2. Watching Japanese movies or TV shows with subtitles can improve your listening and comprehension skills. You can watch with Japanese audio and English subtitles, and then switch to Japanese subtitles as your skills improve.
  3. Listening to Japanese music, podcasts, or audiobooks while commuting, exercising, or doing chores can help you get used to the sound and rhythm of the language, and improve your listening skills. Starting with songs that have clear pronunciation and a slower tempo can be helpful, and you can gradually move on to more complex materials.

To learn Japanese, it's essential to set specific and achievable goals, such as passing a language exam or holding a conversation with a native speaker. Tracking your progress can also help you identify areas that need improvement and celebrate achievements, which can be done through keeping a journal or using language learning apps to record new vocabulary and grammar rules.

Challenges of learning Japanese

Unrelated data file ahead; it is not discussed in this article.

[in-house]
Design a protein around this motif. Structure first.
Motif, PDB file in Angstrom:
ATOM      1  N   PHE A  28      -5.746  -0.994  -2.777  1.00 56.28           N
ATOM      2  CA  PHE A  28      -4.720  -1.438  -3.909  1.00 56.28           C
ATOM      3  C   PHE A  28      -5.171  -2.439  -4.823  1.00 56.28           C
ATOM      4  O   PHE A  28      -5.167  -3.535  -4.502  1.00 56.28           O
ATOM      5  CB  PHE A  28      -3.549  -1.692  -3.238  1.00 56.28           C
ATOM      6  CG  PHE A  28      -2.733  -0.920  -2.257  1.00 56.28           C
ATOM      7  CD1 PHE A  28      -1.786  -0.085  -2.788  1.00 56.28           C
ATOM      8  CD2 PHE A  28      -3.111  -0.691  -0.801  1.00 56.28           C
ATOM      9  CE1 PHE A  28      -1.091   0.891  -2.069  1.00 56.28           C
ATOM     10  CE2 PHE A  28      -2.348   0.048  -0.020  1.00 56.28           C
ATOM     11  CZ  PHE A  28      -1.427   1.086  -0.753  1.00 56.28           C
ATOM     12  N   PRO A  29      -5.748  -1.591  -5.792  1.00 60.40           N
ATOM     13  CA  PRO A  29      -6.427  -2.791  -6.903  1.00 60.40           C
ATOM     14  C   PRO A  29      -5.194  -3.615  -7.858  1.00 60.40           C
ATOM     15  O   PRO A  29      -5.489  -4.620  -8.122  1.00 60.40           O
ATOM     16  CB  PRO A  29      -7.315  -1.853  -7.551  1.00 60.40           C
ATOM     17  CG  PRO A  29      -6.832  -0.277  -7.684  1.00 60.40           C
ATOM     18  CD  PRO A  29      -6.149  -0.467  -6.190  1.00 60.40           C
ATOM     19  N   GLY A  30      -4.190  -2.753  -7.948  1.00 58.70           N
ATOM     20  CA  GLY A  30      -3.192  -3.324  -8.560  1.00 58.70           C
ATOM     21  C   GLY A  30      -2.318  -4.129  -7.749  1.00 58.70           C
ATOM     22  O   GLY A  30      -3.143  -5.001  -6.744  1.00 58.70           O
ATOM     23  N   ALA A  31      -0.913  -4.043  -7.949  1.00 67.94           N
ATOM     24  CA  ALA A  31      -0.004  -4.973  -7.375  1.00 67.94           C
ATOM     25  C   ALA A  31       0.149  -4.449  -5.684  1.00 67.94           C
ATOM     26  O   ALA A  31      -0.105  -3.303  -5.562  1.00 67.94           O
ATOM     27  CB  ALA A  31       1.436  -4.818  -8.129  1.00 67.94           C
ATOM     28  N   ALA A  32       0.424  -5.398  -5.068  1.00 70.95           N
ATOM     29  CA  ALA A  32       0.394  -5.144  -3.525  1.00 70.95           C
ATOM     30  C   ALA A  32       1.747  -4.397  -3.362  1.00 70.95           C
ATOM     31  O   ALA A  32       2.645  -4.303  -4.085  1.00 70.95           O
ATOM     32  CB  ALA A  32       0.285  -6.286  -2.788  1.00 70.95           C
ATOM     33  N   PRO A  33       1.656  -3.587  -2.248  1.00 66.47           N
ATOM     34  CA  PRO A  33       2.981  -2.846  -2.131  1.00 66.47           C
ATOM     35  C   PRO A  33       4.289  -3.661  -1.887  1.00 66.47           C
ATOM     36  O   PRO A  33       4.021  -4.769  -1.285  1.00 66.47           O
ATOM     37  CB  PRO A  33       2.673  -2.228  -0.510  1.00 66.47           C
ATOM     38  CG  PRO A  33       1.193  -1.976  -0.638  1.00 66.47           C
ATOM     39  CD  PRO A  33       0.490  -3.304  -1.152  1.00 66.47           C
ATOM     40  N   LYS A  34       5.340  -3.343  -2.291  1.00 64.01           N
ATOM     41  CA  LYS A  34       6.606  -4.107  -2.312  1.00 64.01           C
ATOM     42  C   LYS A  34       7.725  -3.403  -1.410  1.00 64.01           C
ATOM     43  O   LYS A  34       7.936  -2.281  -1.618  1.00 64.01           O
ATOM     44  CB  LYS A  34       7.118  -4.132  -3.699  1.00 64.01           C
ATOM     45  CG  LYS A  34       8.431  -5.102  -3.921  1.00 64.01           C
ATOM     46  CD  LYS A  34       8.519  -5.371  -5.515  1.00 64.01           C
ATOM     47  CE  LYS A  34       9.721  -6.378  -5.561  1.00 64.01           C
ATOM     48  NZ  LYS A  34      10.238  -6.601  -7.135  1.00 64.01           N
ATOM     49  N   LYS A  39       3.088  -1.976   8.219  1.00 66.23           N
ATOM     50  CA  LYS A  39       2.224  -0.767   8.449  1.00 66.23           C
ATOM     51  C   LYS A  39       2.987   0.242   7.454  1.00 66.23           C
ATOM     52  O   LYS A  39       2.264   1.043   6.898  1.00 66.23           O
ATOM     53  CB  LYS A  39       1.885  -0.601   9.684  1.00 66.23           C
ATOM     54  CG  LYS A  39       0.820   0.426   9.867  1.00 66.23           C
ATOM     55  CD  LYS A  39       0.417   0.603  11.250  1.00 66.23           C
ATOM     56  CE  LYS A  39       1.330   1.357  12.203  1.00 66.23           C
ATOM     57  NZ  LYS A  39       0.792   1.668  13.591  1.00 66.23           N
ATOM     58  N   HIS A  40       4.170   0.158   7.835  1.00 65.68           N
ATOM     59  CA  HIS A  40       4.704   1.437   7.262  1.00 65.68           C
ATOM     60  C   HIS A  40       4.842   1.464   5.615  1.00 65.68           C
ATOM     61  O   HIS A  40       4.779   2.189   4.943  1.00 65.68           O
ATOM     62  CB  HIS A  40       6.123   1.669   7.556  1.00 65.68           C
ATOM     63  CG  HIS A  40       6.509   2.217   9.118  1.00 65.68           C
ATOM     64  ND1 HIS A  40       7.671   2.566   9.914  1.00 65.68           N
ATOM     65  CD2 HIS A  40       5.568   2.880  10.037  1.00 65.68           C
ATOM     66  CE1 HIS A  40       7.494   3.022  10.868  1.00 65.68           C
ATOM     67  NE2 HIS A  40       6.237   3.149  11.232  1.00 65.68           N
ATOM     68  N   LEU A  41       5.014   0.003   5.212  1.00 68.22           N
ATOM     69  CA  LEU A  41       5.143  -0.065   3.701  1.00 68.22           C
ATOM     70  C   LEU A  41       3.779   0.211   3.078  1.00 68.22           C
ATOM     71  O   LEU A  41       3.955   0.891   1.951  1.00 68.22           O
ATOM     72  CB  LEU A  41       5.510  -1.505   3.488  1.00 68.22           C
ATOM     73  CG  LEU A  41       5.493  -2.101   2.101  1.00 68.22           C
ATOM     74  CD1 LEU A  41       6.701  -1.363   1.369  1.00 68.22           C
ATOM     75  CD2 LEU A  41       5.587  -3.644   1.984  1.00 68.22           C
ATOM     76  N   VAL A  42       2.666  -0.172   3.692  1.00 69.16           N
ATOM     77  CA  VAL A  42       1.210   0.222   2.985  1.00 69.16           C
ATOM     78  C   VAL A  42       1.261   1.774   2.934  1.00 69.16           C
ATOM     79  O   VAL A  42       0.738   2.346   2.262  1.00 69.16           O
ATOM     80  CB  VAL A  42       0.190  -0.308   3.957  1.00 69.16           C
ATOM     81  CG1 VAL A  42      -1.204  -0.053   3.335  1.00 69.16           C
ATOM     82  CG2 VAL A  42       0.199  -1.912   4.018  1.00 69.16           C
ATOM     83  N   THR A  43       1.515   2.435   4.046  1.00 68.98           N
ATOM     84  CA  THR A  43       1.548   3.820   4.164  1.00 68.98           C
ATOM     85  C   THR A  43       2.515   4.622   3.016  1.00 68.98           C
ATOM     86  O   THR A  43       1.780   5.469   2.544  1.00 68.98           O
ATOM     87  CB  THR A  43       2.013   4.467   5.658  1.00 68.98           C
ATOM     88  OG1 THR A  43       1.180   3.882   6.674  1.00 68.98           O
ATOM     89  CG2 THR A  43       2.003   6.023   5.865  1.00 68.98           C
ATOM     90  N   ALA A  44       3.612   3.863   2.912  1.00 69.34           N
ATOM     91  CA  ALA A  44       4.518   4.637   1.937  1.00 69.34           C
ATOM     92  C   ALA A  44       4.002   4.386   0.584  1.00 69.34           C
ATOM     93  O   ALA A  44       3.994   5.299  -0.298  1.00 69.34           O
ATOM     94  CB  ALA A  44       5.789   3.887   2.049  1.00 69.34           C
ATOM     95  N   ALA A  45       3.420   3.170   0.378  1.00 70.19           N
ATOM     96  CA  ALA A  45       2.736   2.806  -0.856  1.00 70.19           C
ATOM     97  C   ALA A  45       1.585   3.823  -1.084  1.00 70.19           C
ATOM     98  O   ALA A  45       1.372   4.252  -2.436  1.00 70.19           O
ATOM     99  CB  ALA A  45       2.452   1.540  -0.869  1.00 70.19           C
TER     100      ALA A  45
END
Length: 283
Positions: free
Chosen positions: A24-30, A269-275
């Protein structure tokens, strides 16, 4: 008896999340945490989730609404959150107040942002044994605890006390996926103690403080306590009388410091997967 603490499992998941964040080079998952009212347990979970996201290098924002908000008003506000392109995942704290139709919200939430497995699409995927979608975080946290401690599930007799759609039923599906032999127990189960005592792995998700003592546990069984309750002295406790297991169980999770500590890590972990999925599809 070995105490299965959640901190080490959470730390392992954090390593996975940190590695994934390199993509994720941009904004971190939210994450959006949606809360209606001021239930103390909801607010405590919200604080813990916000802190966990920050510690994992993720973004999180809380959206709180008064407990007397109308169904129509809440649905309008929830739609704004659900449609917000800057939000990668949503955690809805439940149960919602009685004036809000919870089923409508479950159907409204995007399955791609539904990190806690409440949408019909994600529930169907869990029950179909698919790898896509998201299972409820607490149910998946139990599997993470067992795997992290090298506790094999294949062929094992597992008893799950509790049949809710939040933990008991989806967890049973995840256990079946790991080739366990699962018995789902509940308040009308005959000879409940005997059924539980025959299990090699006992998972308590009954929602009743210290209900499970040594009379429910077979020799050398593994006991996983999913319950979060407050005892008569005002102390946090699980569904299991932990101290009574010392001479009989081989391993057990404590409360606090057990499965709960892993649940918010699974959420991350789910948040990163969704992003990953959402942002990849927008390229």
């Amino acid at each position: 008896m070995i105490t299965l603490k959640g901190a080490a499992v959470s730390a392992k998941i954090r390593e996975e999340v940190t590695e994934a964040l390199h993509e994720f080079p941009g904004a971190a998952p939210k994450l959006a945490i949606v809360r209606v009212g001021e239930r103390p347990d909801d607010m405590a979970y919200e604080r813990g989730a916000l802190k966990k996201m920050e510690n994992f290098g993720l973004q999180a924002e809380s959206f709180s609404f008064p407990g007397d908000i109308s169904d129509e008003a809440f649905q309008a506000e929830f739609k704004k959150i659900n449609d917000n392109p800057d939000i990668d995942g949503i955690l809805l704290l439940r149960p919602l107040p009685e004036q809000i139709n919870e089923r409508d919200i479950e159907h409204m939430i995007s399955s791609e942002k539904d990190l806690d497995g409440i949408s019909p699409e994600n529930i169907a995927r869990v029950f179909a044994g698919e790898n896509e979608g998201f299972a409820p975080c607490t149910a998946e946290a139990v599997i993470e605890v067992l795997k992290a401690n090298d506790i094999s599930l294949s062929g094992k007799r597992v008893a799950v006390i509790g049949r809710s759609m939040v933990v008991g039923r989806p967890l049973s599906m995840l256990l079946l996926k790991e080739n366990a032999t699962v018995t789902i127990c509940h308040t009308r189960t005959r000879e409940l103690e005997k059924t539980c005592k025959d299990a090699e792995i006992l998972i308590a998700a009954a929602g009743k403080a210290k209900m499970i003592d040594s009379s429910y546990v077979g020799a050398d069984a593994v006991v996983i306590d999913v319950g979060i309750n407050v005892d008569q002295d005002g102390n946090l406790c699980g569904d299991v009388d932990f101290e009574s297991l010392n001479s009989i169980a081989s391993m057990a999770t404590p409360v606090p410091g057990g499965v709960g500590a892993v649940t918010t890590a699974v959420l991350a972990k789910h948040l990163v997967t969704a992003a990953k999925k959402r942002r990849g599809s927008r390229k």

Learning Japanese can be a thrilling experience, but it's not without its challenges. Here are some of the most common obstacles that learners of Japanese may face on their language journey:

  1. Pronunciation: Japanese has a unique sound that can be difficult for non-native speakers to master. The language features several vowel and consonant sounds that are not present in English, and intonation is also essential in conveying meaning.
  2. Writing system: Japanese has three writing systems, including hiragana, katakana, and kanji, which can take some time to master. Kanji, in particular, can be challenging, as there are thousands of characters to learn.
  3. Grammar: Japanese grammar is vastly different from English and can be difficult to understand. The language has many particles that indicate grammatical relationships between words, and there are several verb tenses to learn.
  4. Vocabulary: Japanese vocabulary is vast, and many words have multiple meanings, making it difficult to determine the right context. Additionally, Japanese words often have no equivalent in English, making it challenging to learn and remember them.